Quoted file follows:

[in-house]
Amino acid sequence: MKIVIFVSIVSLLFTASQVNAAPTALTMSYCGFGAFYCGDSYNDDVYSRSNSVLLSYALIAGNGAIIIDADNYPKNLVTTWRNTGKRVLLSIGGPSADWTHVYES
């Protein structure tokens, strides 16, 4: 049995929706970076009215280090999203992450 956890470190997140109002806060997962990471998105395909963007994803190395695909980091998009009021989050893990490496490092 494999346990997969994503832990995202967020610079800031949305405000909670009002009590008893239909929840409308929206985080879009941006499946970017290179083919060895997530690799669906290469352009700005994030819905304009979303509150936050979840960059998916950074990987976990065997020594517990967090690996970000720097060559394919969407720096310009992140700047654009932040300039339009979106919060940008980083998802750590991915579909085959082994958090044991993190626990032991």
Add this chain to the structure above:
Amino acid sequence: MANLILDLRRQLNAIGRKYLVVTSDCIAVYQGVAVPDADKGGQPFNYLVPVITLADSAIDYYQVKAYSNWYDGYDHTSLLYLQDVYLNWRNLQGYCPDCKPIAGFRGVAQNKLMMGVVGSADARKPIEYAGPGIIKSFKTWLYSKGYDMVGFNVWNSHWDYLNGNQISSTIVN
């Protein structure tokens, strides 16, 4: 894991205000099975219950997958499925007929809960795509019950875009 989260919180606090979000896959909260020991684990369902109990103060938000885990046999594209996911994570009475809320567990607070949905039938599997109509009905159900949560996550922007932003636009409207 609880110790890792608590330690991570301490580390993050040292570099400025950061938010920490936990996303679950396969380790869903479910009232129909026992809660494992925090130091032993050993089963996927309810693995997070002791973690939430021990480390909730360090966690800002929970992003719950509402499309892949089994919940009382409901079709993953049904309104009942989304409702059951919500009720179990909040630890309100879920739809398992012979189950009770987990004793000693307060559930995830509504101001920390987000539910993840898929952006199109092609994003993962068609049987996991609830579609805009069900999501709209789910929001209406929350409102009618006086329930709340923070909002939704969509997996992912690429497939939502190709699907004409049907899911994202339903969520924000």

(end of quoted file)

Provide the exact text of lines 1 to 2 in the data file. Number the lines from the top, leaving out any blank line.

[in-house]
Amino acid sequence: MKIVIFVSIVSLLFTASQVNAAPTALTMSYCGFGAFYCGDSYNDDVYSRSNSVLLSYALIAGNGAIIIDADNYPKNLVTTWRNTGKRVLLSIGGPSADWTHVYES